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“Everyday men and women are arbitrarily killed, as our priests were murdered today. The Jesuits in Mexico will continue to speak out against this reality which causes so much harm to society. We will remain, and continue to work for the mission of justice, reconciliation, and peace, through our pastoral, educational and social work.”
In DRC, “the conflict has caused enormous damage: 85 schools and 30 health stations have been burned or destroyed, and several villages have been burned! Thousands of families are still living in the bush because their houses are destroyed.”
“We have parishes that have been practically destroyed, priests who are living in difficult situations because they had to abandon their missions empty-handed; children, elderly people and others are in great need.”
He doesn’t need to do this work, although it is a way of helping the local recycling team. Once all the material has been converted into cash, it becomes a donation to ACN, a precious gift for the suffering Church that comes from sacrifice itself.
There is still hope in the DRC that Pope Francis will become the first Pope to travel to east Congo, a region very badly affected by conflict. “They do hope the Pope will be able to come and deliver this message of reconciliation and compassion, they really count on it.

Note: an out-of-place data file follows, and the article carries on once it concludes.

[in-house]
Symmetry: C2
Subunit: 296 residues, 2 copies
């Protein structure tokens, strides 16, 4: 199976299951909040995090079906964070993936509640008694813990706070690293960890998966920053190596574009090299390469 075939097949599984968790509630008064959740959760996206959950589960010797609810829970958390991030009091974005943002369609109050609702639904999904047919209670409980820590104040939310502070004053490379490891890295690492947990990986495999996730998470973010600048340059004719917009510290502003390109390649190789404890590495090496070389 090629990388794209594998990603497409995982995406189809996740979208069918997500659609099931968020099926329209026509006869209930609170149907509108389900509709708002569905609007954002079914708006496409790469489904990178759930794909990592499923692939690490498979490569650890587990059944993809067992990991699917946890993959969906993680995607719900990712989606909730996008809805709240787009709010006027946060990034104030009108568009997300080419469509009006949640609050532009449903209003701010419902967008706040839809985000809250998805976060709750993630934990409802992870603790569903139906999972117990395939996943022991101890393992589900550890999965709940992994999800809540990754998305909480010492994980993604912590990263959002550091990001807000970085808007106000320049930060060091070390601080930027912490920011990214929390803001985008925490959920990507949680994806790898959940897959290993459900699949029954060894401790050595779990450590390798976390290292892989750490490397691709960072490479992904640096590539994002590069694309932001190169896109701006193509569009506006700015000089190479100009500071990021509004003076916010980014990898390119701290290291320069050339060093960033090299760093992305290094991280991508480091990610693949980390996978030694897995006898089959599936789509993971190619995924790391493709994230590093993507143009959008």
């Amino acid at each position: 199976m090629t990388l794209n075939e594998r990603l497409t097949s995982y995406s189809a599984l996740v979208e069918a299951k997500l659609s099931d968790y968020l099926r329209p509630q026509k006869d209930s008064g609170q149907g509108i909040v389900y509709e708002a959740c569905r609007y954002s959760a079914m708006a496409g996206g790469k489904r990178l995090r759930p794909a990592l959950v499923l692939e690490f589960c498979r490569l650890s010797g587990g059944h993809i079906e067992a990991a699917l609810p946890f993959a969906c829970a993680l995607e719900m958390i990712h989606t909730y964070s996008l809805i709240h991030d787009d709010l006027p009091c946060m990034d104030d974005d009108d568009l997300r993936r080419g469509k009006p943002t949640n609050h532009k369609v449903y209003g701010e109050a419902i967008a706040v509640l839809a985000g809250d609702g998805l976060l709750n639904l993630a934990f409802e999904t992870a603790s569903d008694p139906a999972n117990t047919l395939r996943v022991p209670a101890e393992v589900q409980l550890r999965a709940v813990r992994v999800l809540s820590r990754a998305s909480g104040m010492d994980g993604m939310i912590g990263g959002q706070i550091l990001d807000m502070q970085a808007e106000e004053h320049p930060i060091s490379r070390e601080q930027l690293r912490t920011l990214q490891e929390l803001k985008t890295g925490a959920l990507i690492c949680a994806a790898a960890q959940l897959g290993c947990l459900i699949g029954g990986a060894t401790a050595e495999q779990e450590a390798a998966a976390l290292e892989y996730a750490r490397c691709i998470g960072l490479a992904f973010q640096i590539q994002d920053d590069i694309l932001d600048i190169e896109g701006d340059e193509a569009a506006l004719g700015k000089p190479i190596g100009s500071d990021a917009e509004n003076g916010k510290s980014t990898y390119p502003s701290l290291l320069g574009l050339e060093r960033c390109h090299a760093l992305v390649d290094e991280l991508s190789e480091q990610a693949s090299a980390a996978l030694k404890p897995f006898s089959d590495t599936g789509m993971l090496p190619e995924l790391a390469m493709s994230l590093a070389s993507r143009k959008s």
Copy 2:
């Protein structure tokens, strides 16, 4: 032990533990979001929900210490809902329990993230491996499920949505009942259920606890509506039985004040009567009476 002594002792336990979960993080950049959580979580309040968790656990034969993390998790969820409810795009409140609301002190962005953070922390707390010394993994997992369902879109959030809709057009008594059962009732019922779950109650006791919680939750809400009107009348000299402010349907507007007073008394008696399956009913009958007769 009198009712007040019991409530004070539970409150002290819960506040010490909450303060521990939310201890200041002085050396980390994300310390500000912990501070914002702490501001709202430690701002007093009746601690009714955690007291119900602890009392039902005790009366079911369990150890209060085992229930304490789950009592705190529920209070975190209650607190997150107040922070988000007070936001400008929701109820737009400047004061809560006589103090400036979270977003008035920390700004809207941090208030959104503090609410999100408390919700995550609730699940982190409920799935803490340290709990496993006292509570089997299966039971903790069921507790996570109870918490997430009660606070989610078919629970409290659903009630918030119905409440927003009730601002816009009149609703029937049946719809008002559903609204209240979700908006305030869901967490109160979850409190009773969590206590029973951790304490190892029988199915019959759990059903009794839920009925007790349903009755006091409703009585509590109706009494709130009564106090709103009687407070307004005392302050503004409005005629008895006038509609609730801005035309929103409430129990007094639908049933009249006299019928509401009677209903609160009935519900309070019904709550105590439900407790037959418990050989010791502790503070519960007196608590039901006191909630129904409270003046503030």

The newly approved projects cover a variety of fields, from direct economic and food support for poor families to scholarships. ACN will be paying for summer camps for children and the disabled and provide essential aid for the elderly and the sick, in a country where families earn around 21 dollars per month but need at least around 160 dollars to survive.
“There is much abuse of all kinds targeting children and women. Divorce and suicide are increasing. … We heard of a woman who tried to throw herself from a bridge because she had no way to feed her children. People talked her down, but for how long? We need a solution.”
“The psychological, spiritual, physical, and humanitarian consequences, as well as those affecting the family, will probably be felt later. The healing is a process. We have started psychological services in one of our houses, and a priest takes part in this process.”
“In many of these countries there is an aggressive tendency which seeks to silence the voice of the Church, especially on family and prolife issues. Many of our project partners have told us that in their countries there is a polarization of society, with increasingly large groups characterized by their extremist positions.”
Before Easter he visited soldiers at checkpoints, which is also part of the work. “We prayed together; we asked God to protect them and to protect Ukraine and we prayed for peace in the world. The Ukrainian Greek Catholic auxiliary Bishop Josyf Milyan of the Kyiv Archeparchy also visited soldiers and civilians who had been affected.”